Berklee Blogs

First-hand accounts of the Berklee experience

Tag: Africa (Page 1 of 2)


A Vision for Music Therapy in Ghana

Ellie Foster HeadshotIn January 2016, the nonprofit MusicXchange, founded by Berklee student Federico Masetti, organized a two-week service trip to Ghana to build strategic partnerships and raise awareness about the organization. The following post was written by Ellie Foster, one of the trip’s participants. Read a post by fellow participant Apiwe Bubu.

By Ellie Foster

Among the many meetings we had in Kumasi, Ghana, on January 7, none was quite so preliminarily daunting–and ultimately fruitful–as our appointment with Dr. Baffour Awuah. Dr. Awuah, medical director of Komfo Anyoke Teaching Hospital, sits on the board of HopeXChange Medical Center and agreed to meet with us at the request of fellow board member Riccardo Masetti—noted oncologist and father of our trip’s leader, Federico. As we sat in his waiting room, I couldn’t help but feel nervous about pitching the concept of music therapy to him.

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Conoce a ROTU

Post by student blogger  Zayra Pola, International Admissions Online Ambassador of Berklee College of Music.

(ROTU) Rhythm Of the Universe es un proyecto de colaboración musical que alberga las voces y los sonidos de  músicos de más de 90 países diferentes. Fue creado para promover la unidad a través de la música y promover lo que  somos y lo que hemos aprendido,y el valor de la educación musical.

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Professor Karen Wacks Brings Music Therapy to Uganda

In May of 2007, music therapy professor Karen Wacks, traveled with eight Berklee students to Kenya on a service learning trip sponsored by Musicians for World Harmony (MWH), a nonprofit group created by former Ugandan refugee, Samite Mulondo. Since that time, the relationship with MWH has continued and professor Wacks is currently with Mulondo in Uganda, developing a feasibility study on using music performance and therapy for the Lord’s Resistance Army’s (LRA) ex-child soldiers to address post traumatic stress disorder (PTSD).

Children between the ages of 5 to 17 are still forcefully abducted, forced to kill, and be trained as rebel fighters or commanders’ wives. In addition to physical disabilities or even death, less perceptible but important psychosocial damage is inflicted upon children by armed conflict and violence. Music has been proven to provide the safety, comfort, and connection so needed for a child’s mental, emotional, and spiritual development. 

The following post was written by professor Wacks. 

I have been in Uganda since last Saturday afternoon and now it is a week later. This is some of the most intense work I have done thus far in my career as a music therapist.   There is no comparison to any other population or life situation.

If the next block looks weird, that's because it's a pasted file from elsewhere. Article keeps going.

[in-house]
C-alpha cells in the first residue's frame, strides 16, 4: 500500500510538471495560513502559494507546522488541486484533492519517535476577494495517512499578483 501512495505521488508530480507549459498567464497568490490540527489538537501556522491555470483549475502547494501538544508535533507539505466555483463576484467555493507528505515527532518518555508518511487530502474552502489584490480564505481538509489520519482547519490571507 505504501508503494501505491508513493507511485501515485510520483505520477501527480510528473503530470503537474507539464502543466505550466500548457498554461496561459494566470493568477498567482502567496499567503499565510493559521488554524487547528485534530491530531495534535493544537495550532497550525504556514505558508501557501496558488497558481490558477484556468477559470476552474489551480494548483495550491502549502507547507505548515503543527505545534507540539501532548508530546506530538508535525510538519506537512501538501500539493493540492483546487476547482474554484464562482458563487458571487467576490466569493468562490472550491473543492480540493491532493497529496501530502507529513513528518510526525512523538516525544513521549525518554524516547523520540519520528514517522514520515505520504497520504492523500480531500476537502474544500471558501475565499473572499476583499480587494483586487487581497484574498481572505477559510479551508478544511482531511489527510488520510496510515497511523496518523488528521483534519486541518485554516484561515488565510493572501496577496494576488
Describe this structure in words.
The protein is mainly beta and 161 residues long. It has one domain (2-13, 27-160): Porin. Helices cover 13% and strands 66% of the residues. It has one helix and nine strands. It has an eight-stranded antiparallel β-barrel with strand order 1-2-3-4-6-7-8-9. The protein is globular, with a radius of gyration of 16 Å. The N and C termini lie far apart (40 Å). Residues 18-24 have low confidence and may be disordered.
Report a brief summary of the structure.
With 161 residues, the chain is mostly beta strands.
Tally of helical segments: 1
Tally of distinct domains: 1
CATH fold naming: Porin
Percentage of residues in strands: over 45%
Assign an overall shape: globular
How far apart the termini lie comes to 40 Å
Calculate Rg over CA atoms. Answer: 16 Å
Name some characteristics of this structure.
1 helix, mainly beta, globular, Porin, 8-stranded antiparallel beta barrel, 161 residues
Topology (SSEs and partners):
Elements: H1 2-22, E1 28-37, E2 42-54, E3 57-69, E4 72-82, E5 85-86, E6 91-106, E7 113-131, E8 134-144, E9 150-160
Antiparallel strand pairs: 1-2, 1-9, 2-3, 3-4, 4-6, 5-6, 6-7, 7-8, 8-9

When thinking of building this trip in the future, it will take a very special type of individual who can handle witnessing the level of suffering and pain that all of North Uganda is experiencing. Every family has been touched in some way by the killings, the abductions and the residual effects of the war.

Music therapy professor Karen Wacks visits Uganda


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Kenya trip concludes with a visit to Starehe Boys Centre

The music education outreach wrapped on Monday, the team’s last day in Kenya, with a visit to Starehe Boys Centre, where the Berklee professors gave a workshop and clinic for students in the music class.

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Berklee visits Haba na Haba music program in Nairobi

On Saturday, the Berklee team visited a community music program in Nairobi’s Eastleigh slum called Haba na Haba. The project is an after school and Saturday music program that also offers opportunities for youth to participate in dance, drama, puppetry, and acrobatics. Eastleigh is one of the poorest areas of Nairobi.  We knew we were getting close when the road went from paved to entirely dirt, and the ride got extremely bumpy.

At this point, we were surrounded by tin shacks and buildings in disrepair, large piles of burning trash, and goats and turkeys roaming free by the side of the road. Despite the poverty, the young people here have a positive attitude and their passion for playing music is clear. Although they have very limited resources, they benefit greatly from attending the program.

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